Yeah, I’ve literally had people say to me “look, we love you as a director, but we think you need to be meaner.” I’ve literally heard that, and I’m like, “no, I don’t”. I still get the work done. I’ve never missed a rehearsal. I’ve never missed a performance, and I’ve never opened a show late, so I don’t need to be an asshole to get something done. But I’ve been told that literally. You know like, “Oh, we love you Daniel. We’d love to send you out on this project, but we think you’re too nice,” or “you come across too casual,” you know? And I don’t think you need to be a dick, or act like a corporate businessmen to be a theater artist.
I wouldn’t go into a meeting with someone I didn’t know and say, “hey motherfucka!” (laughing) I’m not an idiot about it, but I try very hard to be myself, and I think I can do that and get my work done. I treat you with respect whether you’re the stage manager, or the intern, or the star, and the work is better. It’s a healthier environment, so people feel safer to go to nastier places I think. And I tend to like to work on darker, weirder shit - which is different than my personality a lot of the time, but I feel like if you live in that darkness all the time, it’s hard. If there’s a lot of laughter and joy in the room, it’s easier to get to the other shit.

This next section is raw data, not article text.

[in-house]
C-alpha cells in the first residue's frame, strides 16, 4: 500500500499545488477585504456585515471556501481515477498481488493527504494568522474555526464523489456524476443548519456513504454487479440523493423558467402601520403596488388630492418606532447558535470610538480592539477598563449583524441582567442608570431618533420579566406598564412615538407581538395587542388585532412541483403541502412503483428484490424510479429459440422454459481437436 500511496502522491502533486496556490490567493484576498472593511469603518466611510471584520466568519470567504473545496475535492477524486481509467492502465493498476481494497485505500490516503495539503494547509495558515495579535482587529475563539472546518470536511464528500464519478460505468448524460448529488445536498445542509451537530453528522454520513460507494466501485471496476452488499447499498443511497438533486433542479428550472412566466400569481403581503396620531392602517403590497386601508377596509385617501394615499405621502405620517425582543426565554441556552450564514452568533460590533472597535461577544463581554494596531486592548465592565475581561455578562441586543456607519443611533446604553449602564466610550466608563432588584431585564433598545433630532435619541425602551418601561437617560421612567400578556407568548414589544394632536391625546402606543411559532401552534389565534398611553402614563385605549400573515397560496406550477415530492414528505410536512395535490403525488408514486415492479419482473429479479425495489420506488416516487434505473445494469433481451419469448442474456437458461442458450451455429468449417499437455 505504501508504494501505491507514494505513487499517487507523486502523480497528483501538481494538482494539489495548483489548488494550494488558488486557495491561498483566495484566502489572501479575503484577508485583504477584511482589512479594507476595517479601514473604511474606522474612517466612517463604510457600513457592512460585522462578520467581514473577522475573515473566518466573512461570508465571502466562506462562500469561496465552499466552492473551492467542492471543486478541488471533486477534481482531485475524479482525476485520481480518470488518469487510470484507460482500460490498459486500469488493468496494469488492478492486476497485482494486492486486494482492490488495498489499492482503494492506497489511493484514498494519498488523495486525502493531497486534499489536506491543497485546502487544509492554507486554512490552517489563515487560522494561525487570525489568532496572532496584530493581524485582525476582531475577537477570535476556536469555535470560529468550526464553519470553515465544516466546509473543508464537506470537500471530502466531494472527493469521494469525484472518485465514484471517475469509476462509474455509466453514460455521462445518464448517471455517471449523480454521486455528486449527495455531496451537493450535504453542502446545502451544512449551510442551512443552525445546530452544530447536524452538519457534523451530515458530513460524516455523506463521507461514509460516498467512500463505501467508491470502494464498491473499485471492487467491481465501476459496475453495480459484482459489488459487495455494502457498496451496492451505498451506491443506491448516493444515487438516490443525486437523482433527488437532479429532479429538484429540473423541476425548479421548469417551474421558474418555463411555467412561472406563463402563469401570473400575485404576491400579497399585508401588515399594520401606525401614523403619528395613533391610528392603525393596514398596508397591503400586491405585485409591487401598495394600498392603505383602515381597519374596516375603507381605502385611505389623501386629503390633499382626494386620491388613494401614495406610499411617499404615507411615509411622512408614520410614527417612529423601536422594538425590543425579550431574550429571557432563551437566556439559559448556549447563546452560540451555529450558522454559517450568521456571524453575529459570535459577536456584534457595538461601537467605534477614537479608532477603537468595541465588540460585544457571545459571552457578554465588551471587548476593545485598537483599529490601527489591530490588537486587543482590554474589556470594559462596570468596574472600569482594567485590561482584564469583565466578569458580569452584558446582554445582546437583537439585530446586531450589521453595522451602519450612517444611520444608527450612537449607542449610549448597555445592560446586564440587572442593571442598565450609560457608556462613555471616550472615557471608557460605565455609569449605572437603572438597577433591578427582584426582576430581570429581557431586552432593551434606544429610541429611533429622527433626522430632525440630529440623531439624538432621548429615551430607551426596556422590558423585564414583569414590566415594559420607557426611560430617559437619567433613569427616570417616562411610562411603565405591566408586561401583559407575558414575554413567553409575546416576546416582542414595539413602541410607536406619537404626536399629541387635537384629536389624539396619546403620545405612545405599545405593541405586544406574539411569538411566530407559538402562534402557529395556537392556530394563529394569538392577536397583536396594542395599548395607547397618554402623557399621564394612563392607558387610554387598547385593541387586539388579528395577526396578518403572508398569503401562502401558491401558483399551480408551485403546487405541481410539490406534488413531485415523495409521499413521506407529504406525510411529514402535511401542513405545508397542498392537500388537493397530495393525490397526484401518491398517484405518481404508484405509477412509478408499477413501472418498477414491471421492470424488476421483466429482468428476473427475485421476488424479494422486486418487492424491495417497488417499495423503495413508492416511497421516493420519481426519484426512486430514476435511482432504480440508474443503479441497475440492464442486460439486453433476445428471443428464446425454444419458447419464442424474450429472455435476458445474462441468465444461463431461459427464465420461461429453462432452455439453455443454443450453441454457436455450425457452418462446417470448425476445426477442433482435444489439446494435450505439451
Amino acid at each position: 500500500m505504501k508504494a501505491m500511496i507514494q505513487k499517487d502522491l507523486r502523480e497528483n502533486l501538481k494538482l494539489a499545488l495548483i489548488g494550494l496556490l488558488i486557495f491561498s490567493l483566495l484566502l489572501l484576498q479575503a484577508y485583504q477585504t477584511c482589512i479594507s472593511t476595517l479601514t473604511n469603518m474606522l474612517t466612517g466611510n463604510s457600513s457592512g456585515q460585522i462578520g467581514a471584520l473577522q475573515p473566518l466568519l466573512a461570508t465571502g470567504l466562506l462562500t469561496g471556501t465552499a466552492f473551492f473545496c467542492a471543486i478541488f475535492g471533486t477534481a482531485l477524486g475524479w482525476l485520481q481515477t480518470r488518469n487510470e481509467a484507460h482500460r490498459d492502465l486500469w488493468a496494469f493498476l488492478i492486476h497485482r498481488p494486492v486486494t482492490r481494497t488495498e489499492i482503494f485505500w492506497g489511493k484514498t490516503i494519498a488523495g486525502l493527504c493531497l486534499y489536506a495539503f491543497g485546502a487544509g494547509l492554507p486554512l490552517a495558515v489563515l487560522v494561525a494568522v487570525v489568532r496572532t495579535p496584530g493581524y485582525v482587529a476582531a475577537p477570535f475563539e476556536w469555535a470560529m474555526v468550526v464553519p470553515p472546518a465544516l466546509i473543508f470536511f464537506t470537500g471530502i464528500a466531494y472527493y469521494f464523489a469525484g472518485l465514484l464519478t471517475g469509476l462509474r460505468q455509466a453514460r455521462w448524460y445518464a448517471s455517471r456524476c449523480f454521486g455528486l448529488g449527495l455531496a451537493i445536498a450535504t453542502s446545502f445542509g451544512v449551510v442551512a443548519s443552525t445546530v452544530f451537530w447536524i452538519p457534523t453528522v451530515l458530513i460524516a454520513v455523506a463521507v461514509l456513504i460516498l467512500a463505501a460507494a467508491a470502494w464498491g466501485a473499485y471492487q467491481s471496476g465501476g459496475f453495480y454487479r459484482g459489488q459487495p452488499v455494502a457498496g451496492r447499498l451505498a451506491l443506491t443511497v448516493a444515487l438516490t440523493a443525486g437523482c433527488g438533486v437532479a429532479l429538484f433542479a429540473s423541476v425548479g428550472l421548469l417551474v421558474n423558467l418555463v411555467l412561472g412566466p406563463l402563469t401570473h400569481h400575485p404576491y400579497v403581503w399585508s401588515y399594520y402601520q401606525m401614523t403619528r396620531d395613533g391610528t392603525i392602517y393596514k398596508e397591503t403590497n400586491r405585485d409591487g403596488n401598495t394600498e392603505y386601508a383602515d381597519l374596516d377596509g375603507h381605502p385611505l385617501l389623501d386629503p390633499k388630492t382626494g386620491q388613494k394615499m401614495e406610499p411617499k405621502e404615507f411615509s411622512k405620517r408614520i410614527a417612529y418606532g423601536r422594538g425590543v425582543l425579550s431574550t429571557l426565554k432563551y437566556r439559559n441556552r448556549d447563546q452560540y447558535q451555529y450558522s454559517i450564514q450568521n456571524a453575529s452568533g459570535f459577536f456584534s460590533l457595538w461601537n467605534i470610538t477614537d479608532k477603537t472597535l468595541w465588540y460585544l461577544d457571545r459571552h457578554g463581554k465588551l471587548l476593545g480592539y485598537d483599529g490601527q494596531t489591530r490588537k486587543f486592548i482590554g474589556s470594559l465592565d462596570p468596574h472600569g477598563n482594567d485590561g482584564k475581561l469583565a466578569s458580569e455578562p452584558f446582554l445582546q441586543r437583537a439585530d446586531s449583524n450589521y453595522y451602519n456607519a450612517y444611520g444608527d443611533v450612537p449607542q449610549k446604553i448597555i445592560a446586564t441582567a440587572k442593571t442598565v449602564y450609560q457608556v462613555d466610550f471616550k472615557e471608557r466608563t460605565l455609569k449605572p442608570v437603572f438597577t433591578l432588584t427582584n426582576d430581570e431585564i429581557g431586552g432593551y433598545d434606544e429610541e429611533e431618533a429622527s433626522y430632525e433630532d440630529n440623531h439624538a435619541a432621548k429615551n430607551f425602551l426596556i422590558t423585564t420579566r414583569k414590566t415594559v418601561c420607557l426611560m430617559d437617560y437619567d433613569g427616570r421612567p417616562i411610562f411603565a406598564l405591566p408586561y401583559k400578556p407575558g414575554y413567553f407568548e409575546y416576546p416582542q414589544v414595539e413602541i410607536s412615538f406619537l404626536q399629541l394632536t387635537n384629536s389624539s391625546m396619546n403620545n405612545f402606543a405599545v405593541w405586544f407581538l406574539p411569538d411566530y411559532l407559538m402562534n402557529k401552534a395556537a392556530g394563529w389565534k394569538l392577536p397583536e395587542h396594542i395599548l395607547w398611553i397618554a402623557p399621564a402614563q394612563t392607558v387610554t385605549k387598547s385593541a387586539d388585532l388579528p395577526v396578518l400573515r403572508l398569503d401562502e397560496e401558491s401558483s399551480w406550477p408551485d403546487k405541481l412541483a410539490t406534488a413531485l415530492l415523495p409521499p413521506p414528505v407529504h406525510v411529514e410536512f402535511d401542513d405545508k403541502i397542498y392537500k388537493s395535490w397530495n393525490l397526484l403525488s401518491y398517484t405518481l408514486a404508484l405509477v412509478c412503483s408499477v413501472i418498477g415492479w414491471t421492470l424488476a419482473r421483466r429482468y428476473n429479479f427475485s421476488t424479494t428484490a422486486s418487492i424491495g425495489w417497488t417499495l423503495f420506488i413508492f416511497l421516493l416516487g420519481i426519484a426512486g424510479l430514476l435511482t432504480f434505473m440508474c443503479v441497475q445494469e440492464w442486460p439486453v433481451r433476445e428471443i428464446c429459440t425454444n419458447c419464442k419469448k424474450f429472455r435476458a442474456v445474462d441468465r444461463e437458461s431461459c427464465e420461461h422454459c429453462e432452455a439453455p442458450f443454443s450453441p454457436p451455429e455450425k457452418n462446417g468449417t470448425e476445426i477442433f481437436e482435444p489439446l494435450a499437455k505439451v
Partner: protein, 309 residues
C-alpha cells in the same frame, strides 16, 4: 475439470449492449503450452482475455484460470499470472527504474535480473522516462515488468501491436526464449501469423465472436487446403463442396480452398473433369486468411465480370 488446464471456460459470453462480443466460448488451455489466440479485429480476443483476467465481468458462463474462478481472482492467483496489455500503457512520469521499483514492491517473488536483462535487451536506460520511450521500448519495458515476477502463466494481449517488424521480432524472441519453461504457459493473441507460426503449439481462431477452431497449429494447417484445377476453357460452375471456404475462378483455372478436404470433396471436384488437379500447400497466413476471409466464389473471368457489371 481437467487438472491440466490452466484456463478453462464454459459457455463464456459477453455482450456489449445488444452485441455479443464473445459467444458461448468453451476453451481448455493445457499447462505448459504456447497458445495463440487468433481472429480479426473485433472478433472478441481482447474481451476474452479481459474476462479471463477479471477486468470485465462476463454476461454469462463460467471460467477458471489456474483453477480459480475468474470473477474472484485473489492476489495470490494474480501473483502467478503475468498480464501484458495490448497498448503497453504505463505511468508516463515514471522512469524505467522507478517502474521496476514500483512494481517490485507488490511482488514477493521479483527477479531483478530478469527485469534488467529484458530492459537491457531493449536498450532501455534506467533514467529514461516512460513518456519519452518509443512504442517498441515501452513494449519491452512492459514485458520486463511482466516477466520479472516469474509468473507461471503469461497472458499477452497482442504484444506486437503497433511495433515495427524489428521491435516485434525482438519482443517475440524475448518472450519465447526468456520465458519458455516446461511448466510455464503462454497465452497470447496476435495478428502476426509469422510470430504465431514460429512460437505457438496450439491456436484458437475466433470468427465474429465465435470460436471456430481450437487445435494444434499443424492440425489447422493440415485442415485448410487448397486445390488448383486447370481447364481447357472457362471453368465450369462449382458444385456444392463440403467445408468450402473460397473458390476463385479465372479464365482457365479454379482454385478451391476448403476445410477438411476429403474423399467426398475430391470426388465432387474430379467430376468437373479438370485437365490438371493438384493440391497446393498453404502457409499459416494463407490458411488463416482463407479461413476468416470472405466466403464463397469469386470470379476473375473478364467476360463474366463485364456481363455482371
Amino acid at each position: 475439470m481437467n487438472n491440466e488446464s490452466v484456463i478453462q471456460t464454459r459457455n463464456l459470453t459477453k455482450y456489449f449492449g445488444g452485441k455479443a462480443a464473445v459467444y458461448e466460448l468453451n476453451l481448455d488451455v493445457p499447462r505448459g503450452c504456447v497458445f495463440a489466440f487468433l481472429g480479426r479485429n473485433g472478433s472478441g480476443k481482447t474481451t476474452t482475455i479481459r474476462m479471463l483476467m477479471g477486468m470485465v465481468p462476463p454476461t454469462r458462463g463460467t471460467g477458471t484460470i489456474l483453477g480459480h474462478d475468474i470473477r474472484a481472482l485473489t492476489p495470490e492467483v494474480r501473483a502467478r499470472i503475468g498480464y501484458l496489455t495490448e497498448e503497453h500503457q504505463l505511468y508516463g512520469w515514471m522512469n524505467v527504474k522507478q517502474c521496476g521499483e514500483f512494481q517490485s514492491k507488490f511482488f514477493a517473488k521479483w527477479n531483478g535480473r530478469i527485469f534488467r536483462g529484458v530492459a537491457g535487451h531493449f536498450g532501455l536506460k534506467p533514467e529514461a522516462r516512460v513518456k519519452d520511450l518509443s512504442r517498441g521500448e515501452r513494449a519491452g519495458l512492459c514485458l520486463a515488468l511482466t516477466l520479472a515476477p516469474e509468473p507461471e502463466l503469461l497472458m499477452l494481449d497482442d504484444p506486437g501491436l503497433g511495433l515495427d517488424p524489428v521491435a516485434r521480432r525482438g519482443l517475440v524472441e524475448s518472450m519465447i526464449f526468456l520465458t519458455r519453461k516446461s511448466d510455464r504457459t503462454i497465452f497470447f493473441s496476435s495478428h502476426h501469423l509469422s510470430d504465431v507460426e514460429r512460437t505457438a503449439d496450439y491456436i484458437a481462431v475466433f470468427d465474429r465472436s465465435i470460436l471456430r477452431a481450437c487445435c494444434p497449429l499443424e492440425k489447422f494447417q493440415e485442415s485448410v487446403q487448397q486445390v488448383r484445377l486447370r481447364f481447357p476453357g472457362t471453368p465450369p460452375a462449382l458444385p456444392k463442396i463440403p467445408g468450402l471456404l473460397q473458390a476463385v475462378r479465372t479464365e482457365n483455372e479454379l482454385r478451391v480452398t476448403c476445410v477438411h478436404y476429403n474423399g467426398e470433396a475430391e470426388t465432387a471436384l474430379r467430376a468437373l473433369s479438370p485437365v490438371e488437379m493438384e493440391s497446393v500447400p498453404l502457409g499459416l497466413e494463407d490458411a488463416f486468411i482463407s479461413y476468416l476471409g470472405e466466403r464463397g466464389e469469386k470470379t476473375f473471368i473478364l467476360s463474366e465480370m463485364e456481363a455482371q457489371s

So you started studying acting at 16…
I think I was just about to turn 17. I was a baseball player for a long time. I was training to play baseball in college.
Yeah. Crazy. When I get into something, I become obsessed with it so it’s like 24/7. I trained all day, and I played in five different leagues and played all year around, and a girlfriend of mine – she was in a play at A.C.T., and we’d make these crazy, horror movies together about vampires - and she said, you should take an acting class. So I went to A.C.T. because of her, and Andrew Dolan was my first acting teacher. And I just, from day one, totally quit baseball - right there on the spot. It was like I found my life, from that day forward.